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SIGNALIS is a 2D survival horror game set in a dystopian future. In this world, you play as a technician Replika named Elster, who is on a mission to recover her memories and her partner. 

As much as I wish I could begin the review by explaining how the story is and how I felt about it, I just wouldn't even know where to begin. This is due to the extremely vague nature of the game's story-telling — I understood barely anything, and by the time things began piecing together, I had already missed too much vital context.

This was my very first gripe with the game. SIGNALIS constantly bombards you with information through scattered notes, random (and contextless) flashbacks, and NPCs that are dispersed throughout the game. Unfortunately, due to the lack of proper structure, it becomes so taxing to remember all the random details that I didn't feel I could follow along, and it would take an entire second playthrough to even begin to grasp the story. This is only made worse by the fact that it's set in a futuristic world that you know nothing about, and it has random mixes of languages, too. Because of all of these issues, I quickly gave up on the story and lost interest. 

SIGNALIS Screenshot 1

Thankfully, whilst you're busy hoarding information and taking notes to remember things, you'll also find some incredible puzzles. They were SIGNALIS' biggest strength, as I found them to be creative, engaging, and unique. Although they were challenging primarily due to the (nearly absolute) lack of tutorials, I feel like it was a great decision on the developer's part; any adept gamer will be able to use their videogame knowledge to crack how they work. They are rewarding, complex, and fun.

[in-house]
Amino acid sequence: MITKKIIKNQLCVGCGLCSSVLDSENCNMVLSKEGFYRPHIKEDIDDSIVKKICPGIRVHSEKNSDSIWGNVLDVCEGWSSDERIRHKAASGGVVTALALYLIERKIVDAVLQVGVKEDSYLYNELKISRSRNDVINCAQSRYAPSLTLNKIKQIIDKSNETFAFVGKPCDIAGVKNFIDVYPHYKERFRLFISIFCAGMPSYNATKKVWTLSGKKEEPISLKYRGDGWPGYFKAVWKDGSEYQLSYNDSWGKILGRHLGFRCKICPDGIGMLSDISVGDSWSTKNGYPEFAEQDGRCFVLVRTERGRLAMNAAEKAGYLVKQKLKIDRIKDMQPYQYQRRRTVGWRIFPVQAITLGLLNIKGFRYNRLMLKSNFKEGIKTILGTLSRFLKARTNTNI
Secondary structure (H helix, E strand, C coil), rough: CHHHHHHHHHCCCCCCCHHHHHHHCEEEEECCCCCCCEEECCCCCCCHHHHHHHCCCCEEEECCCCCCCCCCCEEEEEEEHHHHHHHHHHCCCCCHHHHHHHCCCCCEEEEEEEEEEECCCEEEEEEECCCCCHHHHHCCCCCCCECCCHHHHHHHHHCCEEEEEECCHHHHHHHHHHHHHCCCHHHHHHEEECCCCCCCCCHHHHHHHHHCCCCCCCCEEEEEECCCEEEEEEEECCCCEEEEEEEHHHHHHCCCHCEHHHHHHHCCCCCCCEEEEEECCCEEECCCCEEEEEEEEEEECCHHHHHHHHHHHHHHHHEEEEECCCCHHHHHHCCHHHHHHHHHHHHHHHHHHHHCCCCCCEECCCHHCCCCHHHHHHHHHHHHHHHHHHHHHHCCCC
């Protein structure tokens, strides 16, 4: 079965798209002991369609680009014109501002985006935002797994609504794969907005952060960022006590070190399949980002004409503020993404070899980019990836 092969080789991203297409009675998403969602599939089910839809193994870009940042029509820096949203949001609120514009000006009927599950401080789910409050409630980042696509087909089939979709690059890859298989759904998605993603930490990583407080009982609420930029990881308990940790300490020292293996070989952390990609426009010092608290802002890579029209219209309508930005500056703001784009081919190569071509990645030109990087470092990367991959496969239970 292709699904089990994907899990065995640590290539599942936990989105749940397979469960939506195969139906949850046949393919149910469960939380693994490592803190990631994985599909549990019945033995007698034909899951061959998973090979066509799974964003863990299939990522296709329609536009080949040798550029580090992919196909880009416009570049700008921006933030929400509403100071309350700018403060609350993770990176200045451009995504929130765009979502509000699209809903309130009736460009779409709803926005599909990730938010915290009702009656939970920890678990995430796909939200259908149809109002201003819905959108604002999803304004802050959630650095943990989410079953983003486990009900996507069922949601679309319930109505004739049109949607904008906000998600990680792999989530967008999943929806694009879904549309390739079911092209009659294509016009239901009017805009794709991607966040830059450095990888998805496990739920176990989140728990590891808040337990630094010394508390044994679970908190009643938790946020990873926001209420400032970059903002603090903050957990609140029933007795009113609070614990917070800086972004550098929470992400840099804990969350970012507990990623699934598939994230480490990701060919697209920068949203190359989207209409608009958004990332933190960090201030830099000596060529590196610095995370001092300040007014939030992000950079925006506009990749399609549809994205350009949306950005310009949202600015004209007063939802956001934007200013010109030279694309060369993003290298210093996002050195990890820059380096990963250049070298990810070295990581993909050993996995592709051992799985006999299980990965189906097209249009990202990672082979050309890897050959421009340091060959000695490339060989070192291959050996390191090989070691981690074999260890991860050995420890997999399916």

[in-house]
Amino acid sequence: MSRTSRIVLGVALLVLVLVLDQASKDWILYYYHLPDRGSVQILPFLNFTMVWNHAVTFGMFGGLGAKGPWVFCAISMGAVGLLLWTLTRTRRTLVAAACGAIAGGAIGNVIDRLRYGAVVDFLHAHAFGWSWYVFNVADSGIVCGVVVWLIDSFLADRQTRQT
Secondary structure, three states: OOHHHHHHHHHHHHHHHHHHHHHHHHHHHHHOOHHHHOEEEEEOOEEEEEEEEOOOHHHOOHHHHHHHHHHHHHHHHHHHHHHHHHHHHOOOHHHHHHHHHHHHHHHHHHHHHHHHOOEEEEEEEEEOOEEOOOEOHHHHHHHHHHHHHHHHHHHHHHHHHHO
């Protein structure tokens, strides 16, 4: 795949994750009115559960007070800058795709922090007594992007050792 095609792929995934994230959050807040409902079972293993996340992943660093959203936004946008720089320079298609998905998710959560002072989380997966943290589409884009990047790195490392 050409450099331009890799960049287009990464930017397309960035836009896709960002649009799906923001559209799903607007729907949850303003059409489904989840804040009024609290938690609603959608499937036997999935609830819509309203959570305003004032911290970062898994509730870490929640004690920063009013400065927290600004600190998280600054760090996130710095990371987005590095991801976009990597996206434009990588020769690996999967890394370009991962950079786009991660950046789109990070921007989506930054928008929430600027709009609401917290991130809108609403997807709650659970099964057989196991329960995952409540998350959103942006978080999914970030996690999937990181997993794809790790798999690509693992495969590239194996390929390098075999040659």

If I had to explain the puzzles in the game, it would be through the saying: “the devil is in the details”. There's a nice combination between the classic puzzles where you know you're currently trying to figure something out — such as the one where you have to play with some notches until you get the proper voltage right — and more subtle ones. The inconspicuous ones will require you to put two and two together to realise you've just seen a hint to one of the puzzles you found earlier. And, just as I said with the saying, you'll need to pay a lot of attention to every minute detail.

This leads me to one of the aspects not everyone is going to like — you're going to get lost a lot. With no HUD, no quest log, barely any tutorials, and a lot of relying on your own cunning, it gets incredibly easy to get stuck in a rut. In SIGNALIS, it felt like if I wasn't paying full attention, any small detail missed meant I'd end up running back and forth between rooms trying to figure out what I had to do next. Although the very informative map does a great job at helping out, this — again — relies on you even understanding what the information means through sheer analysis.

SIGNALIS Screenshot 2